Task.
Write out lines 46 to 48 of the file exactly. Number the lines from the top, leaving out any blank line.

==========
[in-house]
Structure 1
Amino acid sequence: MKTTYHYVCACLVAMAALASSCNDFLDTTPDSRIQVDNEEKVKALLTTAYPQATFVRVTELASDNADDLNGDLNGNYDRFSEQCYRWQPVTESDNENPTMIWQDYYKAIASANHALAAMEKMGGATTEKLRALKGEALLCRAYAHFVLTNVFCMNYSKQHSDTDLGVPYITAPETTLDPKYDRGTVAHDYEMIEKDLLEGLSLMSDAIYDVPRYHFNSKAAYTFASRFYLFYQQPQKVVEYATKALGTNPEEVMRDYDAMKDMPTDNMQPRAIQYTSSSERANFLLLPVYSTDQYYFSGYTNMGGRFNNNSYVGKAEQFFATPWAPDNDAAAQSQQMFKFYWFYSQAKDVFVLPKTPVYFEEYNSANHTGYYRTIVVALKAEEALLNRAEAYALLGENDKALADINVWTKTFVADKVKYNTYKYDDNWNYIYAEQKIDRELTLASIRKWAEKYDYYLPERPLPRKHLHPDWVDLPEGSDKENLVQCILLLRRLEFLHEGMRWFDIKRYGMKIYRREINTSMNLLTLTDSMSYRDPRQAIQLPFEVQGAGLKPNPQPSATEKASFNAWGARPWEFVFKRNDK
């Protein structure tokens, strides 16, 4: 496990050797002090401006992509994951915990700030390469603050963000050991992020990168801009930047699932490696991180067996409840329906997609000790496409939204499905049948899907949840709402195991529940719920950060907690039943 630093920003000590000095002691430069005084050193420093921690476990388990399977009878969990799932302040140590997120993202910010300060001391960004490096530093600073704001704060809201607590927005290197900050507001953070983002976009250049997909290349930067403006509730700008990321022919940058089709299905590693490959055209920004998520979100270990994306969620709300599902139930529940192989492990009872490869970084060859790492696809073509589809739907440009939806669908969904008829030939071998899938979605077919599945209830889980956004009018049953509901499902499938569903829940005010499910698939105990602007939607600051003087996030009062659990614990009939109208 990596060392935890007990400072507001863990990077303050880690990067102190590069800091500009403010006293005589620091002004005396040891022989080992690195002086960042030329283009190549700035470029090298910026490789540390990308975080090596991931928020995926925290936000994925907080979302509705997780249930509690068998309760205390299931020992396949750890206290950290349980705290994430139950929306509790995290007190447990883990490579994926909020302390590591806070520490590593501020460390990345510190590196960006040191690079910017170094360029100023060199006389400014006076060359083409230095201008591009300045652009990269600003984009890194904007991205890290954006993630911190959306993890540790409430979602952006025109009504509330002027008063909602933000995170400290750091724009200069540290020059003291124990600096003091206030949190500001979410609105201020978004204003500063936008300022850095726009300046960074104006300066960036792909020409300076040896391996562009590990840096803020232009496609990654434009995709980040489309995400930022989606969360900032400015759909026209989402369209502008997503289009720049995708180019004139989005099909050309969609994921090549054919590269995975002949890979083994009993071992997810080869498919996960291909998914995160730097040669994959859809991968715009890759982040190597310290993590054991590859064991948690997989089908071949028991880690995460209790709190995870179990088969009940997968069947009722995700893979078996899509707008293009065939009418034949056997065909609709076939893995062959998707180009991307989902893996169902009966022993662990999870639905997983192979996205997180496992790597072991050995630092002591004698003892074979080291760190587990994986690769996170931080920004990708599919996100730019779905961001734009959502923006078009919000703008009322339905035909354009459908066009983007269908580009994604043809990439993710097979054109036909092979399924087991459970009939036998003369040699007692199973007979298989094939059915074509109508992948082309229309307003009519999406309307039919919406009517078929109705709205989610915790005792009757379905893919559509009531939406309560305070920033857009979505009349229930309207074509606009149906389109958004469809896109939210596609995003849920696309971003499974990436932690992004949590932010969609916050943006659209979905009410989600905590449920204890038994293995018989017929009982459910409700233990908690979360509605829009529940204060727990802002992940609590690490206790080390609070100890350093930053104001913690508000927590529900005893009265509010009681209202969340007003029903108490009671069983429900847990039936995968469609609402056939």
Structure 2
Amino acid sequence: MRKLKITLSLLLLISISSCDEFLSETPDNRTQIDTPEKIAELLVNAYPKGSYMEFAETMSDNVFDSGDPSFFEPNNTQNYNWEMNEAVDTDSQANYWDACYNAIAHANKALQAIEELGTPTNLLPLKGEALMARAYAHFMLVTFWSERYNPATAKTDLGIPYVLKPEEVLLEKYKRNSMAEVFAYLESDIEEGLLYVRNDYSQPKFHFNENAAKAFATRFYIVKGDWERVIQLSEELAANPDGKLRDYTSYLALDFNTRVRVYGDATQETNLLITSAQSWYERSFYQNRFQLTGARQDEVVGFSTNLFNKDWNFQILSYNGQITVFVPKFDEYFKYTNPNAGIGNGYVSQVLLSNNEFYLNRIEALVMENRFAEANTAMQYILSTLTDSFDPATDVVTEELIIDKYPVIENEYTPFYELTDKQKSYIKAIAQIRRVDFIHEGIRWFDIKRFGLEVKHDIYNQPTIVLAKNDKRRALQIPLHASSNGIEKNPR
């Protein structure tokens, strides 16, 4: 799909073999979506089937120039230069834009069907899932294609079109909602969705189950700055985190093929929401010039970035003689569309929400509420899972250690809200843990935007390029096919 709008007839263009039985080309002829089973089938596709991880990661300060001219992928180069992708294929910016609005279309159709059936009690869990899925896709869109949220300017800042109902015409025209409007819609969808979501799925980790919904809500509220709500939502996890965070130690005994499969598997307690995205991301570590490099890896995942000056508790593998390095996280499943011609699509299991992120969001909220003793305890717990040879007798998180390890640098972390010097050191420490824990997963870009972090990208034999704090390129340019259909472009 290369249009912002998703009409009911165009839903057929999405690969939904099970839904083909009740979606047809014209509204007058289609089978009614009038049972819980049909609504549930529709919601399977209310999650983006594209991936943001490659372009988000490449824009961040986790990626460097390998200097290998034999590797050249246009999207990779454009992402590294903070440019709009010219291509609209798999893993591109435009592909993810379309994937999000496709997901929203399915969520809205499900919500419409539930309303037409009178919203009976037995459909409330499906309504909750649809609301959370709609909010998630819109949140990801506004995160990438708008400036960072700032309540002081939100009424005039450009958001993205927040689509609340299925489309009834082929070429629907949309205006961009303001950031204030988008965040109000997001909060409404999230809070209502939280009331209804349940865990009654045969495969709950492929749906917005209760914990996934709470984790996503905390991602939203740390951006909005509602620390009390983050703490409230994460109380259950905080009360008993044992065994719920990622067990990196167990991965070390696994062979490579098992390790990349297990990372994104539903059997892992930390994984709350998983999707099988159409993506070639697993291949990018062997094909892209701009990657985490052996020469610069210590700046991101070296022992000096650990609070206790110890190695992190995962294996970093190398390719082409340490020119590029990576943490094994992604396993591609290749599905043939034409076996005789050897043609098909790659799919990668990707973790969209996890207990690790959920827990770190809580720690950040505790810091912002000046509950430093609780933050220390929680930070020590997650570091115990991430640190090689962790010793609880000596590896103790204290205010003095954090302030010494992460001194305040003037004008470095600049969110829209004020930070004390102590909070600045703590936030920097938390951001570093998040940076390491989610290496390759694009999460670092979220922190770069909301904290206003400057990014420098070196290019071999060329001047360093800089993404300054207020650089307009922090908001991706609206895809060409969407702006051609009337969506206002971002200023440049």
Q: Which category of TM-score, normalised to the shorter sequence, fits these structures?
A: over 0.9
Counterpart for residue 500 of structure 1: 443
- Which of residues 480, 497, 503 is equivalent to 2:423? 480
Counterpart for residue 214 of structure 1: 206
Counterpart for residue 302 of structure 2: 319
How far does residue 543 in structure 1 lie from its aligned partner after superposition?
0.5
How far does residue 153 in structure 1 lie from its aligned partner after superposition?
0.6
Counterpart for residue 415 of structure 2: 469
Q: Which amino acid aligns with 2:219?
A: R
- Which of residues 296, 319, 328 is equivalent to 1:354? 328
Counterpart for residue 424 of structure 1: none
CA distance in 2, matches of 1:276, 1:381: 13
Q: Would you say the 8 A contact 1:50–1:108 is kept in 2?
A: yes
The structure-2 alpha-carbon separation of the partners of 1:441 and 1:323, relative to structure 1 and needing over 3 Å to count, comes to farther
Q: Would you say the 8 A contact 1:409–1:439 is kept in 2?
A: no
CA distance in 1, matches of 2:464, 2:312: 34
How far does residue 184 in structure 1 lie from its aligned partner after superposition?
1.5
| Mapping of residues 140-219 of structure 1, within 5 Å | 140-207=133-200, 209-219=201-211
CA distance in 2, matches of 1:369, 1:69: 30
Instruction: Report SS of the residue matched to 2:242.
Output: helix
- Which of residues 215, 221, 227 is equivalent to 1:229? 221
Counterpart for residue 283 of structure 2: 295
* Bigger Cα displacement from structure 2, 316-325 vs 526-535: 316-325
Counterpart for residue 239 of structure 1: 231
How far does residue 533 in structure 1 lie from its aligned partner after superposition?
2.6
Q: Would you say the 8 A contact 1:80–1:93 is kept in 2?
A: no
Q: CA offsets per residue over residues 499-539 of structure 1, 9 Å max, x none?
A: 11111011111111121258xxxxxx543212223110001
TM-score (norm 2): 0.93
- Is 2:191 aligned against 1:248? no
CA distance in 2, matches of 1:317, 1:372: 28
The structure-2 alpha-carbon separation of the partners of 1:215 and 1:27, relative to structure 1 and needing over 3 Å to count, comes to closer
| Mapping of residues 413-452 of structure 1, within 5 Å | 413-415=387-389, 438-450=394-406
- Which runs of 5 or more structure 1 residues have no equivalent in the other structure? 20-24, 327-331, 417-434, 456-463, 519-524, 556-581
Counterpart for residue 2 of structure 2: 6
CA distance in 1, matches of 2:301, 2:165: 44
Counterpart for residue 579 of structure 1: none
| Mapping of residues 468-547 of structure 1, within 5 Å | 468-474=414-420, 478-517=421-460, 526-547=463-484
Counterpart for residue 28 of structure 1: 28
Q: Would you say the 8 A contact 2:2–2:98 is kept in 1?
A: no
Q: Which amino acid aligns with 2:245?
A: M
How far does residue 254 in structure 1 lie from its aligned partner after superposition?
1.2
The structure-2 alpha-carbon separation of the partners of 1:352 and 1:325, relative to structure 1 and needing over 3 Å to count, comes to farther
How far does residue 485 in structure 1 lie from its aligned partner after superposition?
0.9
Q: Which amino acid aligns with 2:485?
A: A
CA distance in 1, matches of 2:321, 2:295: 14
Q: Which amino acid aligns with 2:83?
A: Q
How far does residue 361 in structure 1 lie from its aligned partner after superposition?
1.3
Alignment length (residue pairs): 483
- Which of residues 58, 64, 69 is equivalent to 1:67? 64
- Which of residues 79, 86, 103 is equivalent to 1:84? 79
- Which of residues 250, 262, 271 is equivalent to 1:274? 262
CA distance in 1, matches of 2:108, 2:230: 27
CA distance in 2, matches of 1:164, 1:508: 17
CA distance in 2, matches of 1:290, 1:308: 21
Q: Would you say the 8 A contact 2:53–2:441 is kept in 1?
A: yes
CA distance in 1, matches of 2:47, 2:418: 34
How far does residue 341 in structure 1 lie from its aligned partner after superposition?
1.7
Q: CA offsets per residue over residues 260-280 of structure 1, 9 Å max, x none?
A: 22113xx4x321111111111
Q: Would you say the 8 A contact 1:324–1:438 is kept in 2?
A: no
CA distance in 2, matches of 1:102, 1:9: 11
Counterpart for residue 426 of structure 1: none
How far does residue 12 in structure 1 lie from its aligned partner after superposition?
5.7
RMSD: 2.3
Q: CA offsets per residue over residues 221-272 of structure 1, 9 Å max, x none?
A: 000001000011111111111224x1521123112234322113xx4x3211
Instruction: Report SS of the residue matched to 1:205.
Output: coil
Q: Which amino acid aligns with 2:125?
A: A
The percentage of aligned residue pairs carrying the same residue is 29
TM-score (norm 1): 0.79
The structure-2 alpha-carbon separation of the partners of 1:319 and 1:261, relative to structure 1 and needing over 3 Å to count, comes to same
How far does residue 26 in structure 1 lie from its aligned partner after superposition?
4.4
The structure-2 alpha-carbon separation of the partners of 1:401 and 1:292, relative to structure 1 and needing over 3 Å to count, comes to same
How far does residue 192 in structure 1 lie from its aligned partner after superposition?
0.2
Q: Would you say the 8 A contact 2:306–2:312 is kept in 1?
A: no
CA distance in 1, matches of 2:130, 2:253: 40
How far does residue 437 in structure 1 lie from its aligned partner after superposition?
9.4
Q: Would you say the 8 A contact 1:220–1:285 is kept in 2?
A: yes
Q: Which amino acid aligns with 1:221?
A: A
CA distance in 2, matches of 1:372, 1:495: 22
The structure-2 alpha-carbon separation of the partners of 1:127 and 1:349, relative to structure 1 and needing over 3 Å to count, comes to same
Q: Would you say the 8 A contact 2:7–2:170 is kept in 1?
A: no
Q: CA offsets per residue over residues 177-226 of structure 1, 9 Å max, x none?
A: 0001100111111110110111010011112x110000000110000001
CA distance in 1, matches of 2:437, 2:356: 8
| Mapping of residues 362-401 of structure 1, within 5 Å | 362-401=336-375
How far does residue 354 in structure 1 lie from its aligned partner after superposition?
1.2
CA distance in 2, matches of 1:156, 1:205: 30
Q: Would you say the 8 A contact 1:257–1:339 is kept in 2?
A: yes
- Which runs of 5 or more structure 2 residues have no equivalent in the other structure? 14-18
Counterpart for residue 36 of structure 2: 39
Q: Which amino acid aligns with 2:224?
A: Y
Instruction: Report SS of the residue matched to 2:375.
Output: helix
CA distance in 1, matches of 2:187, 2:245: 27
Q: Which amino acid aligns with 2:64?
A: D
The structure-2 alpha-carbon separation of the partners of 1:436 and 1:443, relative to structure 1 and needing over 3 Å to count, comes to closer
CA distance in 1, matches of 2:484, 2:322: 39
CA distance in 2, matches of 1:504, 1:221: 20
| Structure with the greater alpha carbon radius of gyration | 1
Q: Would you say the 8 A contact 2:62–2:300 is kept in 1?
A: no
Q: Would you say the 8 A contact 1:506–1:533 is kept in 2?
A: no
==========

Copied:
TM-score (norm 2): 0.93
- Is 2:191 aligned against 1:248? no
CA distance in 2, matches of 1:317, 1:372: 28